Hope is a tiny, old-fashioned little town hidden away along Turnagain Arm south of Anchorage. The atmosphere is laid back and quiet most of the time, at least until the pink salmon start to appear in Resurrection Creek. Then, this pretty little fresh-water stream that dumps into Cook Inlet right in front of the historic Seaview Café draws lots of anglers to its banks-- us included.
Our single day fishing excursions to Hope are always lots of fun. It is the perfect place to teach people how to fish with a fly rod for the smallest of the five species of Pacific Salmon that call Alaska home. Outfitted with chest-high waders, boots, & a wading staff we take to the water with 9-ft fly rods, floating line, & pink flies. Showing folks the basic "stop in the back & stop in the front" technique of casting and the clinch knot to tie on their fly takes only a short time, and soon they are launching their flies in among the swarms of fish swimming in front of them. Hook-ups (not always in the mouth) begin to happen fast & furiously, accompanied by shouts of "I got one!"
Now everyone needs to learn how to set the hook and then let the fish play before they try to bring it in. These steps take some time, and it's a good thing they have lots of cooperative fish to help them learn. "This is so exciting," one of the women says, and the others quickly agree. Landing the fish & holding it for a picture are the highlights of the day, of course.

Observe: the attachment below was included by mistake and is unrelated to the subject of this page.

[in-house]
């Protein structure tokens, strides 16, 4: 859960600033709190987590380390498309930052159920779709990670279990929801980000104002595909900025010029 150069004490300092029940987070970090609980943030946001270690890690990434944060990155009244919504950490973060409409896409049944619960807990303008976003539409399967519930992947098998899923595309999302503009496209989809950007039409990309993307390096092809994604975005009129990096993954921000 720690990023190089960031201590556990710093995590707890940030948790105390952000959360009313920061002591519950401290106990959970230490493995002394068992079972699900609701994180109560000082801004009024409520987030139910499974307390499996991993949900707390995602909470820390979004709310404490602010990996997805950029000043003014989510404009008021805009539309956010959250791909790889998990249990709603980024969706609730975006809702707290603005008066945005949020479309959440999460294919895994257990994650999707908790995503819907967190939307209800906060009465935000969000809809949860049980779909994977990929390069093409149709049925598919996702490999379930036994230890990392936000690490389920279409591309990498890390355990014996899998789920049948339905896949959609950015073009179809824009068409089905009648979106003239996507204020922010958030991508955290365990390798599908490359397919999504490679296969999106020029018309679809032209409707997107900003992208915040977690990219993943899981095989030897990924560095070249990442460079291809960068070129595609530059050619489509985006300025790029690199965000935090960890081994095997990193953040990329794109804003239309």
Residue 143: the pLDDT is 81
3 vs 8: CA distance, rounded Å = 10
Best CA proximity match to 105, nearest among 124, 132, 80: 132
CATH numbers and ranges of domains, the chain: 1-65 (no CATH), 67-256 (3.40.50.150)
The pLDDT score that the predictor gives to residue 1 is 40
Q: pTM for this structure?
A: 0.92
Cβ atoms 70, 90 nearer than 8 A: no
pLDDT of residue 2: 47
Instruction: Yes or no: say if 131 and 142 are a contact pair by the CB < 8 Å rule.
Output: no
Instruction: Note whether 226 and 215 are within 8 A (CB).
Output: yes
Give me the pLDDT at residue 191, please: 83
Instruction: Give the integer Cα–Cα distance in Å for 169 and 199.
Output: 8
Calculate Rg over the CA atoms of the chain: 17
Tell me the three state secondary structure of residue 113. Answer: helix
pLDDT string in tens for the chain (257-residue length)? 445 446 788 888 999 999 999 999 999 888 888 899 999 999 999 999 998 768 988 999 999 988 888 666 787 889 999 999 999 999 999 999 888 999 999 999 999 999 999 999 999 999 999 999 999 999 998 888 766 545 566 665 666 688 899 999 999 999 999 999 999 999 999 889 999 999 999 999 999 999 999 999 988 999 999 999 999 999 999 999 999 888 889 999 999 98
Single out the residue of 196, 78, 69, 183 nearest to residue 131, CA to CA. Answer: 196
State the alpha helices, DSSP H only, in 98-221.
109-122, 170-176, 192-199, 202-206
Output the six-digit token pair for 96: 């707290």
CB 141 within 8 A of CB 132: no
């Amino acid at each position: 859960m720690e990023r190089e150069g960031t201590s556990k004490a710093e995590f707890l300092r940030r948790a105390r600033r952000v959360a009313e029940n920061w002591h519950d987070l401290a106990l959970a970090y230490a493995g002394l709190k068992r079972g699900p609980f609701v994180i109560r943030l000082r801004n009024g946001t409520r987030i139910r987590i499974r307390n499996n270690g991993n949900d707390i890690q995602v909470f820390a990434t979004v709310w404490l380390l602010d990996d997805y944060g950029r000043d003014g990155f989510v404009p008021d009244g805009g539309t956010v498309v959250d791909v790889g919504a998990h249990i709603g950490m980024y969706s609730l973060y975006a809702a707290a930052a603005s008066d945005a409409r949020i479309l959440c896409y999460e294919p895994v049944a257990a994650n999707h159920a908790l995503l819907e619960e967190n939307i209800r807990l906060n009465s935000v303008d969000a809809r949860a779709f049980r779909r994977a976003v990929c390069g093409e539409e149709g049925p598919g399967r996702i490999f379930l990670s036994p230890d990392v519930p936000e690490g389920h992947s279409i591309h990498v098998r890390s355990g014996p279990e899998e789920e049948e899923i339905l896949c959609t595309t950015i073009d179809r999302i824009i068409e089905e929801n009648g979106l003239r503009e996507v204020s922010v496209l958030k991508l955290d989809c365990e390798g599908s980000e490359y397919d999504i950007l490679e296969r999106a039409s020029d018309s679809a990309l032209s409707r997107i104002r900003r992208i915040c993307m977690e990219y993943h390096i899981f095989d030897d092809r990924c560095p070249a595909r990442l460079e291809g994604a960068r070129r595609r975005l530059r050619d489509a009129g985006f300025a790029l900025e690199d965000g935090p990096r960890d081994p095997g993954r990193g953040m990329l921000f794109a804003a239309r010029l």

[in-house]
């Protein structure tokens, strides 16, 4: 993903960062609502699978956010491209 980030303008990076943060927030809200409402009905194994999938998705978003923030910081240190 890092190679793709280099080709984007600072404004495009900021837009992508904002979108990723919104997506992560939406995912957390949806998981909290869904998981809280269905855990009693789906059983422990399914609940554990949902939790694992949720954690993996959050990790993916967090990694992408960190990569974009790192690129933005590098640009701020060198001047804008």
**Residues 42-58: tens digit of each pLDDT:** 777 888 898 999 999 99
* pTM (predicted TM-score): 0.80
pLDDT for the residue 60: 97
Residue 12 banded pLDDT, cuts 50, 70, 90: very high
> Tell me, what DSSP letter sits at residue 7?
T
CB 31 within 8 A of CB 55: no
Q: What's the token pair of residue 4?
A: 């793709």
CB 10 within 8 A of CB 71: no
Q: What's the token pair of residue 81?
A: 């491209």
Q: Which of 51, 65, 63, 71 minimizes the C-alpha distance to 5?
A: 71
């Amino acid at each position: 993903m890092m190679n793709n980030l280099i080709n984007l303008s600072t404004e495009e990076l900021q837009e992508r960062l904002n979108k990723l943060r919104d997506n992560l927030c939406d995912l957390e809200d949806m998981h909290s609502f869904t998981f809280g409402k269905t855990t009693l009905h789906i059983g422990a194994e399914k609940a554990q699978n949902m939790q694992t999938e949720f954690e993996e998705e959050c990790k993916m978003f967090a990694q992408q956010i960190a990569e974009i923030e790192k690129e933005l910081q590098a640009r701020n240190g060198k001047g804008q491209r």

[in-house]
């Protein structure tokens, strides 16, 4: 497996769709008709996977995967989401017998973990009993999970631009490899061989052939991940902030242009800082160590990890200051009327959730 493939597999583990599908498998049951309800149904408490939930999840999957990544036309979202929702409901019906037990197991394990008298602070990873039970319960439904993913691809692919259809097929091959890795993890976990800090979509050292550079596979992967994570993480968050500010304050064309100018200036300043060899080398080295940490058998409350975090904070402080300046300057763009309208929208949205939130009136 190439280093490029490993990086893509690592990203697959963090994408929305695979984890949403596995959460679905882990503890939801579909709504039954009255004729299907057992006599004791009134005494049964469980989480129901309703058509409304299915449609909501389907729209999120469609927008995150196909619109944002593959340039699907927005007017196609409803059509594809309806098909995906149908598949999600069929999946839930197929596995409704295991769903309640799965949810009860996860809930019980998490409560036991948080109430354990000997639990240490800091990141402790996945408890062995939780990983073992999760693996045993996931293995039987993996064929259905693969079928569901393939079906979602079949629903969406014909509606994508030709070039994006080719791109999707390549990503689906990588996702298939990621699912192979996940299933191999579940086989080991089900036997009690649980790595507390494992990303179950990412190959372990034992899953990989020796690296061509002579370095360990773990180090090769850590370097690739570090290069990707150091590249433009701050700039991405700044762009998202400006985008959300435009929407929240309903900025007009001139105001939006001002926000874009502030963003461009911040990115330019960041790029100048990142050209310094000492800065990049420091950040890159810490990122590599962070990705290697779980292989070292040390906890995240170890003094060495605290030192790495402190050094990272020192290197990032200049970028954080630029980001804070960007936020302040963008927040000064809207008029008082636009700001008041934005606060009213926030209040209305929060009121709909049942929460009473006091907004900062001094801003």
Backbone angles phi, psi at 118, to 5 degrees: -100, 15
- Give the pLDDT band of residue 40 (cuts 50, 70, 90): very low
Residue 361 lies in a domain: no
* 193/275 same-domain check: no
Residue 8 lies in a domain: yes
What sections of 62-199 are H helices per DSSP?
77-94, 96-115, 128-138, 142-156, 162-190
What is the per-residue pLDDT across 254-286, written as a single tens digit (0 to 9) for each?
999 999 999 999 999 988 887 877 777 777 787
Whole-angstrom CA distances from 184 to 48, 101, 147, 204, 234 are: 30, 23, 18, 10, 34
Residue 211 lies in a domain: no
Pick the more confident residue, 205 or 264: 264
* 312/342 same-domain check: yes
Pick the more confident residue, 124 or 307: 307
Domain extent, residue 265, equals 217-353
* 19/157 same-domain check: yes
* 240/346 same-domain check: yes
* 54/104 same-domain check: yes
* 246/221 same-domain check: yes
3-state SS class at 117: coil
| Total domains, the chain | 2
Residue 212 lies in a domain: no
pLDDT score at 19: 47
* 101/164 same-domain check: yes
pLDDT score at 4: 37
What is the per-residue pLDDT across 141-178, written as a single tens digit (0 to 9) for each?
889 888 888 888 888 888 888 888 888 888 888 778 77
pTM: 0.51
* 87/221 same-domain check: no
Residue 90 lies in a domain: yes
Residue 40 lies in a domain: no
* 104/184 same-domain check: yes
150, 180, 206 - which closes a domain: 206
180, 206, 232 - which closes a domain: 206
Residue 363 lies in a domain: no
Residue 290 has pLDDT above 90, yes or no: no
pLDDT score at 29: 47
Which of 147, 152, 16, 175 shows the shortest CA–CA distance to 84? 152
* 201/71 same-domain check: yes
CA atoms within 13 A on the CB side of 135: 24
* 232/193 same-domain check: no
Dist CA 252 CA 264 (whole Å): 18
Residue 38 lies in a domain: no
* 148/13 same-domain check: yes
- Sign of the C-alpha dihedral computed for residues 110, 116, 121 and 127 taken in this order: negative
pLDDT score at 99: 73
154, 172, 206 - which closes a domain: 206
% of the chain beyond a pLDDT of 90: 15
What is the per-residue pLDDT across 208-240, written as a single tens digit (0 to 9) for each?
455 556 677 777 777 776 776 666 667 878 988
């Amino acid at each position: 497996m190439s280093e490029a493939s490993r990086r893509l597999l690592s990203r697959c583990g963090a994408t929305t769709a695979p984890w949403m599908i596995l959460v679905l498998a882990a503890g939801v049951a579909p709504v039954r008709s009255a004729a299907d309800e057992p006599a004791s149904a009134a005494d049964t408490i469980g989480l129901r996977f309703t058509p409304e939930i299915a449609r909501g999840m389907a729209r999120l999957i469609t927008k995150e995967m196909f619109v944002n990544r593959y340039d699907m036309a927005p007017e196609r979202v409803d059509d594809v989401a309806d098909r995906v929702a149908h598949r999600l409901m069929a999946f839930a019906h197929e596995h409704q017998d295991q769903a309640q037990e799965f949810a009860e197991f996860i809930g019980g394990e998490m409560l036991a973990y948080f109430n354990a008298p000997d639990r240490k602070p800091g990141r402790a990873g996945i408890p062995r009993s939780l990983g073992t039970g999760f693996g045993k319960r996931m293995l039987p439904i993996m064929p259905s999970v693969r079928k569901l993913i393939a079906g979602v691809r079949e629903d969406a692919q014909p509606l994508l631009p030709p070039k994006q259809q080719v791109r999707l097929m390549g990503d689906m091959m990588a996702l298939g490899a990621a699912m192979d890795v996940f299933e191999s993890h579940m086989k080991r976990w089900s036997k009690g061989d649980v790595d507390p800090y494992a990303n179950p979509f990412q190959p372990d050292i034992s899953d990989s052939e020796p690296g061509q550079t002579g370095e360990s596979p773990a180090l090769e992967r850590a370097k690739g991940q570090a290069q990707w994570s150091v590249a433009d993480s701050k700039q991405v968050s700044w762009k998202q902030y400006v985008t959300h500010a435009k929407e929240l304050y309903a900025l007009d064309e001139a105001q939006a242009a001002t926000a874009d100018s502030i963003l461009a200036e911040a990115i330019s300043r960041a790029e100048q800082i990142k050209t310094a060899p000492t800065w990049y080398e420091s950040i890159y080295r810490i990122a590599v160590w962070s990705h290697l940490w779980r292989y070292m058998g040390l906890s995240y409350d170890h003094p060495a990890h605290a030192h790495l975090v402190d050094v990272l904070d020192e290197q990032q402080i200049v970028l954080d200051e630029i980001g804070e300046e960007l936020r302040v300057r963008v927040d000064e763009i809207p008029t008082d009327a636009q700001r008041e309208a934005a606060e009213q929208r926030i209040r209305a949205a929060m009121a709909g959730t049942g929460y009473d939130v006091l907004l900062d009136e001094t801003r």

Quite a few people took advantage of the fishing days at Hope this year. Some had taken my beginning fly fishing class this spring, some wanted to see how to catch salmon with a fly rod, and some were just trying it out to see if it would make a good way to spend their up-coming retirement. Every fish they caught was returned to the water un-harmed. Everyone understood that the fish were too far into their spawning cycle for the meat to be good eating.
Although there is a very small run of silver salmon in Resurrection Creek, we seldom catch one. This year we saw a couple of silvers mixed in with the pinks on two of the three days we fished. Try as we might, we never caught them.
The learning/practice days that we do in Hope each year are always a highlight of my summer. We'll be back next year to do it all again.
What a trip! Six members of the Texas Women Fly Fishers club journeyed north to give salmon fishing a try and explore a bit of Alaska. They didn't know it when they left home, but they were about to experience Alaska's rainy fall weather--a lot of rainy fall weather. So much, in fact, that the gate agent announced to arriving passengers getting off the Alaska Airlines flight that much of the town of Cordova was flooded!!